- Creates a new property classification: Multi-residential
- Multi-residential will include apartments, nursing homes, assisted living facilities , and certain other rental property
- The existing classifications are Residential, Agricultural, Commercial, Industrial
- Multi-residential properties will eventually equal the residential rollback after 10 years.
- Total fiscal impact to local governments is $85.3 million when fully phased in.
Assessment Year 2013 95%
Assessment Year 2014 90%
Assessment Year 2015 86%
Assessment Year 2016 82%
Assessment Year 2017 78%
Assessment Year 2018 75%
Assessment Year 2019 71%
Assessment year 2020 67%
Assessment year 2021 63%
Assessment year 2022 and thereafter: Residential rate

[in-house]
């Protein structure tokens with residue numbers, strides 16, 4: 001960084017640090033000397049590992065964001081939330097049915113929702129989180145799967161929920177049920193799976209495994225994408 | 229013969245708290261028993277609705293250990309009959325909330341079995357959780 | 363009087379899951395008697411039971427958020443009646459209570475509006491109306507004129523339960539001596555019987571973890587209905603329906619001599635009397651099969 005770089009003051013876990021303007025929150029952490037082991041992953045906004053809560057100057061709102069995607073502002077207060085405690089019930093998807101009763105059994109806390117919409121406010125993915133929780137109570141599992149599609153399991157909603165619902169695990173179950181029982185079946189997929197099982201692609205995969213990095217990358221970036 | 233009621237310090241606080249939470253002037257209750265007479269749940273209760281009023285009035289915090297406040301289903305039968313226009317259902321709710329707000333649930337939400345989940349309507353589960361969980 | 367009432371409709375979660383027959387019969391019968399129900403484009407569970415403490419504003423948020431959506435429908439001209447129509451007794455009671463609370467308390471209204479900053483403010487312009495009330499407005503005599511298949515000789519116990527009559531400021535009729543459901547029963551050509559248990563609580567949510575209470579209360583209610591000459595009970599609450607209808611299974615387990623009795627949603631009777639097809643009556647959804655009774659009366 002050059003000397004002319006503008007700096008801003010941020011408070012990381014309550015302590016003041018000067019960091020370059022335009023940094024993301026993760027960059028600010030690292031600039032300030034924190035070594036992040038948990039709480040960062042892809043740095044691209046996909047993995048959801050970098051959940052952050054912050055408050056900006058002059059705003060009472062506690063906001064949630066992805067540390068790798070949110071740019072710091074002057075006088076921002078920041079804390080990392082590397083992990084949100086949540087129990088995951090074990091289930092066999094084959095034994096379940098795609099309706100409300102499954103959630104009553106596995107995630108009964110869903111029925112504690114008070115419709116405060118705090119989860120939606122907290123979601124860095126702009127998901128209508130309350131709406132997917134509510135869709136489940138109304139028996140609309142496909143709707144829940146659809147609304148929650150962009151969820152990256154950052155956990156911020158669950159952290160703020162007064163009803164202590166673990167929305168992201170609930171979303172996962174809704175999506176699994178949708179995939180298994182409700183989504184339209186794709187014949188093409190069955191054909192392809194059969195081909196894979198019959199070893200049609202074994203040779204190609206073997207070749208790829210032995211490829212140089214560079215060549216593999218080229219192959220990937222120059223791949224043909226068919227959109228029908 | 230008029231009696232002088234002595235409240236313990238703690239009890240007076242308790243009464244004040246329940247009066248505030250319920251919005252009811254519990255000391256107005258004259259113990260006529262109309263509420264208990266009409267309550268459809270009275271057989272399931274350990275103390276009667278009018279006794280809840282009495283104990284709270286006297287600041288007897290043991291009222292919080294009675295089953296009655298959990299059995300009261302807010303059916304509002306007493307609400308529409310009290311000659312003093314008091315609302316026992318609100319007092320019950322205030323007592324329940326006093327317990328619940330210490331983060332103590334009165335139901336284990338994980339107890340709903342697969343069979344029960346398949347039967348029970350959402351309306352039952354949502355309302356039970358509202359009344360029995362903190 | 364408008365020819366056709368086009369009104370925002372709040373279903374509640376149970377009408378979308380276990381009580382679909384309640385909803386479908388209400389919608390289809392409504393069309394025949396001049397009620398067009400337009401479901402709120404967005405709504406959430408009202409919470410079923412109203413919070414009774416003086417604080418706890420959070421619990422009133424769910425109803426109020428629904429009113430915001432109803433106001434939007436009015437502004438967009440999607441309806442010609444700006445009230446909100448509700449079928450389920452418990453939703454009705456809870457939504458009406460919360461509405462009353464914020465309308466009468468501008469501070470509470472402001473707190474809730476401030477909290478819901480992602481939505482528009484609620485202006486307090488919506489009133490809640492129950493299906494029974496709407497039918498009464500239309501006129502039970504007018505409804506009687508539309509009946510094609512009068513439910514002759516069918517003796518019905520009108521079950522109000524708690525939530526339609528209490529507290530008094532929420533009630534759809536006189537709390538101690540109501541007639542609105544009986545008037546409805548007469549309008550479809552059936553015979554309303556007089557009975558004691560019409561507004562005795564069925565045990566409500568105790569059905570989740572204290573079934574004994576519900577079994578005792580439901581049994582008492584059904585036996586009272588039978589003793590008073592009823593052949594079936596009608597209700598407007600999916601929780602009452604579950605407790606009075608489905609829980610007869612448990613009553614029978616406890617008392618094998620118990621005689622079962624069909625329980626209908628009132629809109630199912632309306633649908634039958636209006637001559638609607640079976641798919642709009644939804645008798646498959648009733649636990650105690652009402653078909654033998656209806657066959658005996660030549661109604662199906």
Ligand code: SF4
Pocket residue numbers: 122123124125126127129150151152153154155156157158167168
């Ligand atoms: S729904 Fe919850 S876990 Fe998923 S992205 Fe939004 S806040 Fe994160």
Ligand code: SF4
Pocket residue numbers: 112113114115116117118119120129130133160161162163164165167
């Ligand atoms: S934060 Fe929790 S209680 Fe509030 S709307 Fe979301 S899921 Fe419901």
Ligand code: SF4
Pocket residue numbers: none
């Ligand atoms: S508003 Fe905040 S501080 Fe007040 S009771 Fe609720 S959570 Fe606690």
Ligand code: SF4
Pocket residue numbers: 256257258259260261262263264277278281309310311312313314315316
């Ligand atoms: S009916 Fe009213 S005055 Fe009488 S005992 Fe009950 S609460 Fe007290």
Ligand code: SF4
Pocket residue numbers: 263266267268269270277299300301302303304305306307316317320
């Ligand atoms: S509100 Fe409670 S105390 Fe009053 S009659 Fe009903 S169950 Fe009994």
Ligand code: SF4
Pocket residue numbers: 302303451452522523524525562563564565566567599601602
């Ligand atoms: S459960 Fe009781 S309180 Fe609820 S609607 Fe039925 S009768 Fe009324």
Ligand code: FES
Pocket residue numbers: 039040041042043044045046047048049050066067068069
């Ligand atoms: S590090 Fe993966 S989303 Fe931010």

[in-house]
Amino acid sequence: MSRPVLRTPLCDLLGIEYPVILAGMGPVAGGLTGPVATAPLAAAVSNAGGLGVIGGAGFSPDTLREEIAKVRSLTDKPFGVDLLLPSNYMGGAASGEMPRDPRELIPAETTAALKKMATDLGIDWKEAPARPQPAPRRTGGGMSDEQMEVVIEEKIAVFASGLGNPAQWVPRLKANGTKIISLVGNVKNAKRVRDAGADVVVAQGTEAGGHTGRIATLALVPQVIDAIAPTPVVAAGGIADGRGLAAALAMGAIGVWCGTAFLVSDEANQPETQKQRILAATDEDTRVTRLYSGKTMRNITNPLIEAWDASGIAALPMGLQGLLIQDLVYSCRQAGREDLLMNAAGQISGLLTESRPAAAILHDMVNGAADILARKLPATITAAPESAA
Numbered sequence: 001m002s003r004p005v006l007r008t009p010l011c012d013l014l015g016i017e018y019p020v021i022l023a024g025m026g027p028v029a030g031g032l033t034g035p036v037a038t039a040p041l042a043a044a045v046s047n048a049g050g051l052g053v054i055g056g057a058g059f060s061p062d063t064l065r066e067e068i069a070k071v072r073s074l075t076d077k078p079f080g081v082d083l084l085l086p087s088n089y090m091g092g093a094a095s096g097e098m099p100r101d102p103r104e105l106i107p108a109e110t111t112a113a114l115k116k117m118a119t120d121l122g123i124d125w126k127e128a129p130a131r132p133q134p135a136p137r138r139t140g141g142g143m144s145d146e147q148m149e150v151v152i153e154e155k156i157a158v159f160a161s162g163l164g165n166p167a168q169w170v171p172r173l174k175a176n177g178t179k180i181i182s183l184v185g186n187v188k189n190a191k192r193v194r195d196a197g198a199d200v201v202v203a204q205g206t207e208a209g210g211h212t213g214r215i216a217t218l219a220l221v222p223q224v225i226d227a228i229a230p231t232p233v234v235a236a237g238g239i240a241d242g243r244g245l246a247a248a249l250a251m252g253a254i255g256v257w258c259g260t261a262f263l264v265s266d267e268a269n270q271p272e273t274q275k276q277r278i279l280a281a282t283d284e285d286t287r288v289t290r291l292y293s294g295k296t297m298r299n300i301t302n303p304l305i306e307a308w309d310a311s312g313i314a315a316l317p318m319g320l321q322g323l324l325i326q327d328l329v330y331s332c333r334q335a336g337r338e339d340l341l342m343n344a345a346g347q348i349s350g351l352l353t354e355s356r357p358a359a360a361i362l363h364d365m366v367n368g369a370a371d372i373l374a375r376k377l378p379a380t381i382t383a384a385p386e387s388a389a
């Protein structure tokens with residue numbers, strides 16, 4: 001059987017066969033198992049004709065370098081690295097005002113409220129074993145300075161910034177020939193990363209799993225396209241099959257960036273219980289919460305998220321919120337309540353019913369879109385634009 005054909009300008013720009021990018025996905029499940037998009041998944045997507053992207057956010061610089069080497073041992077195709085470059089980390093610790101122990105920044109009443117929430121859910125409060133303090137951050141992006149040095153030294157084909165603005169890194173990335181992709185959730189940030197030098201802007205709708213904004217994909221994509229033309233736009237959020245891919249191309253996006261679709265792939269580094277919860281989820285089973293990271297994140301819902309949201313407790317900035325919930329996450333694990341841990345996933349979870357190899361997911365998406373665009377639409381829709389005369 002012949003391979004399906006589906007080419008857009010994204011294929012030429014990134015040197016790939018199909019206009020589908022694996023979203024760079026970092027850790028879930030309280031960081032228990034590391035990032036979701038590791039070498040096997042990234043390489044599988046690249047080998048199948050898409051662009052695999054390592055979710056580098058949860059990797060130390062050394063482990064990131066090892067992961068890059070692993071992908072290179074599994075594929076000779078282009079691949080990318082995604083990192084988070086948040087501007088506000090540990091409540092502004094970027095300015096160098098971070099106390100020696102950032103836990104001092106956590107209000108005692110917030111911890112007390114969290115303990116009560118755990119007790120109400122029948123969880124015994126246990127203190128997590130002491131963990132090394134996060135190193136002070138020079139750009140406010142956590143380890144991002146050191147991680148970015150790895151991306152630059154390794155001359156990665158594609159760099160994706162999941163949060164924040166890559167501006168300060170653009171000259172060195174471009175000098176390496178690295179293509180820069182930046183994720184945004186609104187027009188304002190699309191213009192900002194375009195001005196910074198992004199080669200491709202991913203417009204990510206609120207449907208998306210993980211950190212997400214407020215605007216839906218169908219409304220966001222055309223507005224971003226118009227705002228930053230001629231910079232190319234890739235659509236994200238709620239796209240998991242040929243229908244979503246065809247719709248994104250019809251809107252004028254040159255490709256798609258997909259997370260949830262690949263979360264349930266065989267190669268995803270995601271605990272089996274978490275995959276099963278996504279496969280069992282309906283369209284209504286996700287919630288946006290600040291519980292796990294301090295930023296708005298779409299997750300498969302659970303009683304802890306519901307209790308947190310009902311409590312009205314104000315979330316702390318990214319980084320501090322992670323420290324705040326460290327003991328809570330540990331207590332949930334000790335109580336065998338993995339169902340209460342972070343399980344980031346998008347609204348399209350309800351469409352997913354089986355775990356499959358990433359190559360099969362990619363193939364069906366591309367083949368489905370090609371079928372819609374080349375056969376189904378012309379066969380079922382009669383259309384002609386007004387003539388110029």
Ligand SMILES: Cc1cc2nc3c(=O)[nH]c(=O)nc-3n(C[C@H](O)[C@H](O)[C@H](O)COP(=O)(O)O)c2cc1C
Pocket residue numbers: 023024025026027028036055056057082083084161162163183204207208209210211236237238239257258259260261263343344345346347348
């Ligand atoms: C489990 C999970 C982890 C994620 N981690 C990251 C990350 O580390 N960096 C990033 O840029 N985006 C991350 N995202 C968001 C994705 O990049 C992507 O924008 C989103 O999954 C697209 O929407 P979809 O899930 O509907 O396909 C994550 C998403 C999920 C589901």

Division IV —Telecommunications Property
- Determining the taxable value of each company stays the same
- Each telephone company will receive a partial exemption from taxation on the value of the company’s property. This is phased in, with half in assessment year 2013 (FY 15), and the remainder being added in assessment year 2014 (FY 16)
- Department of Revenue is directed to complete a comprehensive study of the telecommunications industry and report recommendations for change to the General Assembly
Assessed value $0-$20M $20-$55M $55-$500M >$500M
Exemption 40% 35% 25% 20%
Division V – Iowa Taxpayers Trust Fund Tax Credit
- Each year, beginning July 1, 2014, the balance of the Taxpayers Trust Fund exceeds $30 million a tax credit will be issued to Iowa taxpayers